Could the cure for severe brain diseases lie in Finnish genome data?
Finnish genome data resources and extensive health care registers combined with the nation’s genetic isolation provide a unique research setting for brain disease research that has garnered international interest.

One in three people will suffer from at least one brain disease during their lifetime. A total of €800 billion is used every year to treat neurological and psychiatric illnesses in Europe alone. This is equal to the amount spent on treating cancer, diabetes and cardio-vascular diseases combined. 

The Finnish population grew in relative genetic isolation, which makes its genome particularly interesting for research on, e.g., genetic variants that underlie brain diseases.

 “Two hundred years ago the Finnish population grew rapidly, but as the founding population was small, the genetic variants that happened to be present in it were the only ones that were passed on,” explains Aarno Palotie, professor of genetics at FIMM, University of Helsinki.

For example, in major European cities, the variation is so great that studying individual rare variants is not viable, as the sample sizes would have to be inconveniently huge.

­“In Finnish data, there is less background noise and the number of individual rare variants is large enough that studying them is statistically credible,” says Palotie.

A more profound understanding of how brain diseases are triggered can be reached when the genome data are studied together with patient databases, and the data are then interlinked.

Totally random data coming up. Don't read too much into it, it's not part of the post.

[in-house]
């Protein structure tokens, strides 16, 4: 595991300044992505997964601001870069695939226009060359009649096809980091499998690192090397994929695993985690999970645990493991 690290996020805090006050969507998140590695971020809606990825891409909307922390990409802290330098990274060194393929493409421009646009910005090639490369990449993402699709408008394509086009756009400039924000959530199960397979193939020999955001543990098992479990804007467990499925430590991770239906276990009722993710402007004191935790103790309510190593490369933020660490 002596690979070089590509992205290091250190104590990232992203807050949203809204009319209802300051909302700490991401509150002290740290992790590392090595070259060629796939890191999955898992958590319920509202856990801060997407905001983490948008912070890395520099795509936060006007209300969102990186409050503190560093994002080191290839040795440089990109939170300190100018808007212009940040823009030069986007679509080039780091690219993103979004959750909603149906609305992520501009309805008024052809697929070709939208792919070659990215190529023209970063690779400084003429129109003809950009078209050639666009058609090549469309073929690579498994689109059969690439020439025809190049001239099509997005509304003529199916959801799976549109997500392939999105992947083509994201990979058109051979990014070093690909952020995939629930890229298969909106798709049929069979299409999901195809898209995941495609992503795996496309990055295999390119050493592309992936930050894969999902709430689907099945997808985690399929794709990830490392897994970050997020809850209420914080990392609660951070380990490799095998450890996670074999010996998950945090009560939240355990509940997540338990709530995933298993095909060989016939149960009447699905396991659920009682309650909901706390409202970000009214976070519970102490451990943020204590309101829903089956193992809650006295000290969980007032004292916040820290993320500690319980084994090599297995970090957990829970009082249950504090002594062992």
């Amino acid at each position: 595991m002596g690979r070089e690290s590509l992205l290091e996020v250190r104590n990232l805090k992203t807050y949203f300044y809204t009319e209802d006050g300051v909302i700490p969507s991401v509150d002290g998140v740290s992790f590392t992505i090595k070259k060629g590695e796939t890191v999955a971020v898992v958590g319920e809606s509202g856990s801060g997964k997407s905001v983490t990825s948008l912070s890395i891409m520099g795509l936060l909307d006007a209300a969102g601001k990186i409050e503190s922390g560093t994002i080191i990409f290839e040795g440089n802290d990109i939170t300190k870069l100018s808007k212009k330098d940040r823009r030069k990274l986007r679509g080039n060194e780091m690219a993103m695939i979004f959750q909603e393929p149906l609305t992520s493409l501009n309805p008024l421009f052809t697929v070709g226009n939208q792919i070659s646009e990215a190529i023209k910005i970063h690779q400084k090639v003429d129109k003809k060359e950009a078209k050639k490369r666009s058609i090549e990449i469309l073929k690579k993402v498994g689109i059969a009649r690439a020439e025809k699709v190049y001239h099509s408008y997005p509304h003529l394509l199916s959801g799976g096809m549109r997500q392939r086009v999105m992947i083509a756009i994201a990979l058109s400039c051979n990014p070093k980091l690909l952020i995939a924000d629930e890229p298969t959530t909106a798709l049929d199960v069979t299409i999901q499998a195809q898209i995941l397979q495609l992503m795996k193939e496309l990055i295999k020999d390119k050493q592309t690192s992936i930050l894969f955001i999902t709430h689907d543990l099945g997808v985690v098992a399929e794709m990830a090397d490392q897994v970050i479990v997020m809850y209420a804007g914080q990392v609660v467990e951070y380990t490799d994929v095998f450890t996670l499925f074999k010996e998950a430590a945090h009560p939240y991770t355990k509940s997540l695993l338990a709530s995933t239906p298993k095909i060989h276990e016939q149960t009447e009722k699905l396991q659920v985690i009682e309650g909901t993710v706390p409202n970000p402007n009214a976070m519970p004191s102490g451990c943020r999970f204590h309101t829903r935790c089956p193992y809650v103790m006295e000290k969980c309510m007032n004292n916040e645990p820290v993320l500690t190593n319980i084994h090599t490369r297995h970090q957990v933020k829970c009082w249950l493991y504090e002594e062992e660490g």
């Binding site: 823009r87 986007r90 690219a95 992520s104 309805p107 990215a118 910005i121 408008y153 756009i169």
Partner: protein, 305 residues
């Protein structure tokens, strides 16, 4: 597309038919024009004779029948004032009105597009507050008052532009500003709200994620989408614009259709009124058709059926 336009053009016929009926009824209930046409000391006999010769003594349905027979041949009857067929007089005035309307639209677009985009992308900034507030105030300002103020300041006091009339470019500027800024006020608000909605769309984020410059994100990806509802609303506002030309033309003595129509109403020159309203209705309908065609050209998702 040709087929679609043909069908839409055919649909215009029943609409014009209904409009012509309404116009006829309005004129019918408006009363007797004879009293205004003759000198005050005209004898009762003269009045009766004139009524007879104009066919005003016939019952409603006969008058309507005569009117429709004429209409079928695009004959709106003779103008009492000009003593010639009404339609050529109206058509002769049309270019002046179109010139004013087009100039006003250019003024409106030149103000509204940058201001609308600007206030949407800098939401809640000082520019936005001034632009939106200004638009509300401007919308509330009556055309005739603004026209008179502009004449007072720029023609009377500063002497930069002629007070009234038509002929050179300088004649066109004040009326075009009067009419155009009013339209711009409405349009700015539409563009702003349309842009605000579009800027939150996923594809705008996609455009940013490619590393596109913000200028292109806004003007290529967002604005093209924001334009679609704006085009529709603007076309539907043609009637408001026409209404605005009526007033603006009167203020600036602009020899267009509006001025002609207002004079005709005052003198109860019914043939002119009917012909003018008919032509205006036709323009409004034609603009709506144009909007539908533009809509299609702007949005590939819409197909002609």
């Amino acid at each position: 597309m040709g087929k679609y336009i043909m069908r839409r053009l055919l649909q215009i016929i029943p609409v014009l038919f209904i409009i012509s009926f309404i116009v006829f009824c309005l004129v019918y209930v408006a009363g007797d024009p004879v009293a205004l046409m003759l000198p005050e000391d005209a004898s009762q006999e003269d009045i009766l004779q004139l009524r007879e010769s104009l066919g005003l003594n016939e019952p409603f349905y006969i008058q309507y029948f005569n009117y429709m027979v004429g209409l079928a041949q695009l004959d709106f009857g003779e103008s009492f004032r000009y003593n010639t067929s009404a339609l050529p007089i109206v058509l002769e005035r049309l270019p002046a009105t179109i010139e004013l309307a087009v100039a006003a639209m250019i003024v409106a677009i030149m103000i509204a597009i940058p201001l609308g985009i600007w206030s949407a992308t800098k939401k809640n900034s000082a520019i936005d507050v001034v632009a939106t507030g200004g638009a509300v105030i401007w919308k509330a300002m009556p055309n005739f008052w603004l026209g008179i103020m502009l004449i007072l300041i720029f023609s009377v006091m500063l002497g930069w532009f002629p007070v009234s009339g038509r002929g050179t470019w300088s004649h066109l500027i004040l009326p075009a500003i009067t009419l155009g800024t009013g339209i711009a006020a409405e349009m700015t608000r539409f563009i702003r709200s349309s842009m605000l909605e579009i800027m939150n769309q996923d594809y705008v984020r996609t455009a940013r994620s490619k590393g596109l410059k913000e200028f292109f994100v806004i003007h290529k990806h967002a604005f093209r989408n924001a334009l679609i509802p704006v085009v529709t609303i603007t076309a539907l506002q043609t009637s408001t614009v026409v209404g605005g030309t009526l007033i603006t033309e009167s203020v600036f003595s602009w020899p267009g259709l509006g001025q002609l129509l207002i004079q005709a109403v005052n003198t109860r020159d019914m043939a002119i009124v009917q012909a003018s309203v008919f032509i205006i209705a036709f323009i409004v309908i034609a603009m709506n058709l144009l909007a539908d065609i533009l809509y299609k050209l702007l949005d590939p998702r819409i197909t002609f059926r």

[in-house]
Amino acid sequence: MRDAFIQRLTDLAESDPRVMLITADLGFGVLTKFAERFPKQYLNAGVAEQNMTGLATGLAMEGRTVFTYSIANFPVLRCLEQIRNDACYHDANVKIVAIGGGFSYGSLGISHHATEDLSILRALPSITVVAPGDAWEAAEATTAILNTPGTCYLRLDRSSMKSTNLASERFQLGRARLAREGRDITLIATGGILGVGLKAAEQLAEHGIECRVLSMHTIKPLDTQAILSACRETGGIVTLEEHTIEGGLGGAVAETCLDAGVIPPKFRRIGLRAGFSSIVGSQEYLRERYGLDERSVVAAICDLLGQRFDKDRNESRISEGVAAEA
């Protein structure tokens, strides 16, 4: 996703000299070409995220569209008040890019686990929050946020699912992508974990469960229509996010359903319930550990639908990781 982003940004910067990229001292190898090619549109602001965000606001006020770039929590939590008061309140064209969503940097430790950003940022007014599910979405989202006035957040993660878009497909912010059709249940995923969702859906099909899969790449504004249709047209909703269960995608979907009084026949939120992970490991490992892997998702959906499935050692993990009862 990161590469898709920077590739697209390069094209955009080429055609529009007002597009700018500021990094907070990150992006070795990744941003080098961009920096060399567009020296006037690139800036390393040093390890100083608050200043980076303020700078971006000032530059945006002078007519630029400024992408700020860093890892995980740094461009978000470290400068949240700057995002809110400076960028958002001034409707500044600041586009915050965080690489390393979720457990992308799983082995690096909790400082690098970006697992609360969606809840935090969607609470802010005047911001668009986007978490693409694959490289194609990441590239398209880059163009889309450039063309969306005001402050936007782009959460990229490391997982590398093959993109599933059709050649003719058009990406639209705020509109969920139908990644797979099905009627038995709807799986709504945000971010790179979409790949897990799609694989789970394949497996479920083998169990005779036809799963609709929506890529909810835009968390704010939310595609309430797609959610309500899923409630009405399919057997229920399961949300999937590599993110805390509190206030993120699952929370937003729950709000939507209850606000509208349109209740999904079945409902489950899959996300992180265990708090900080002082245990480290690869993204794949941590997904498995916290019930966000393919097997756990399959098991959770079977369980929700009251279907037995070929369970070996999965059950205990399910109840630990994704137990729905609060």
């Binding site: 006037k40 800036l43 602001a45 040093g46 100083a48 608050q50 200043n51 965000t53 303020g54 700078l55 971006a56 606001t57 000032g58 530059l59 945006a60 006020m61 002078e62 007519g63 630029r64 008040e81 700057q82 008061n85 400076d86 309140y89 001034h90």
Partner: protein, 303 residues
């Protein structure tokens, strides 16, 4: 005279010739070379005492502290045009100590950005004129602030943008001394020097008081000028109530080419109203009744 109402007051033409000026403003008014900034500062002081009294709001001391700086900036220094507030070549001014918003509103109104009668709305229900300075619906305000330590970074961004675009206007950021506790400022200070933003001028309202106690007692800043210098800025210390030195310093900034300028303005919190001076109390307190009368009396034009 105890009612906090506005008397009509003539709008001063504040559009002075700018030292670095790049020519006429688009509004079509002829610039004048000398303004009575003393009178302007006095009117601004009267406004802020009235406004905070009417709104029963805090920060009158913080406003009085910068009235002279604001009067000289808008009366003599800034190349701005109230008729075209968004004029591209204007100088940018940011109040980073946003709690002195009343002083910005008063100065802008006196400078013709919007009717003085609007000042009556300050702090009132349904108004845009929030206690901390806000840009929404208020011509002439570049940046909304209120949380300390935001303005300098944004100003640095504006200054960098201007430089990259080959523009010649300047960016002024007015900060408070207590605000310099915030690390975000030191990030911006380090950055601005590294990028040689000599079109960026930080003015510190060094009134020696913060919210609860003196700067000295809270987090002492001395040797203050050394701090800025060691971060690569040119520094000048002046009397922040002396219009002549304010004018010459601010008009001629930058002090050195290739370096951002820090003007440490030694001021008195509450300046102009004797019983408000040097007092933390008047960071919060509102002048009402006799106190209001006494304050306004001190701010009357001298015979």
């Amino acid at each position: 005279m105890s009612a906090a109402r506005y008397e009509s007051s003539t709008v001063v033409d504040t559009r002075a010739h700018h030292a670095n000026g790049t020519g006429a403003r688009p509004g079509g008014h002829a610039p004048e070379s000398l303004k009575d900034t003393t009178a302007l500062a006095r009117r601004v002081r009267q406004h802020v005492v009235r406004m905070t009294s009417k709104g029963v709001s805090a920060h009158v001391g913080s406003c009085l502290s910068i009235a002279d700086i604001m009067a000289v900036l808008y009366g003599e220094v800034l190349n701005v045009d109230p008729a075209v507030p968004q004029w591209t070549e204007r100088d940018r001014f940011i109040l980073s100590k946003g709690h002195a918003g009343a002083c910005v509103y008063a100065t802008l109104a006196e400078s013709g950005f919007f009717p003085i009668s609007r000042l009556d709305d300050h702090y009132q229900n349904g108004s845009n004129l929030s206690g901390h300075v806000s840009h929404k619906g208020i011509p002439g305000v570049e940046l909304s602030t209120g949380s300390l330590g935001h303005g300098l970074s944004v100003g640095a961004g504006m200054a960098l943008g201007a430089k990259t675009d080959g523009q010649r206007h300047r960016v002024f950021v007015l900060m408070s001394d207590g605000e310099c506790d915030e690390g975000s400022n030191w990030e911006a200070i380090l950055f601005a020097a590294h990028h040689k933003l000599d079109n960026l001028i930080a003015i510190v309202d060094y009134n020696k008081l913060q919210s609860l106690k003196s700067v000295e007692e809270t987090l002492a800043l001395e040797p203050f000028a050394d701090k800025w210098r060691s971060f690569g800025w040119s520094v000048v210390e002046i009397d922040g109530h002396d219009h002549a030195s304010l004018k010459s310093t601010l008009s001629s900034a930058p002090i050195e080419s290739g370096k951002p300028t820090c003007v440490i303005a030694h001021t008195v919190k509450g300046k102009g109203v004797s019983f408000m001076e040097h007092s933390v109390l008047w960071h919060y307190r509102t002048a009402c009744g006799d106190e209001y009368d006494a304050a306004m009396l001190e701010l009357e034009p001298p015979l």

“The goal is to achieve a comprehensive understanding of the vulnerabilities of the brain,” Palotie stated at Brain Diseases – Why to Invest in Research in Finland symposium organised at Meilahti on 14 October. He emphasised that it is vital for research that Finland invest in a comprehensive network of hospital-based biobanks.

Drug companies are interested

 “The development of new therapies requires that we fully understand the underlying causes of the disease,” said another speaker at the symposium, Ralph Kern from the American biotechnology company Biogen, which has been studying the treatment of multiple sclerosis for 25 years. In future, the company intends to study new treatments for Alzheimer’s disease using Finnish patients.

The goal of the cooperation between research institutes and companies is the development of personalised treatments. One of the main tools in this effort is the SISu (Sequencing Initiative Suomi) database, which contains Finnish samples sequenced by international institutions.

At the moment, the database offers basic information for all Finnish genome research, but the intention is to expand the project.

­ “SISu is at the first stage of what a reference database of Finnish genome data could offer. In the next stage, we will be able to combine the information on genetic variants with health data from our health care registers. State-of-the-art technology enables data mining without infringing on the privacy of the patients," Palotie clarifies.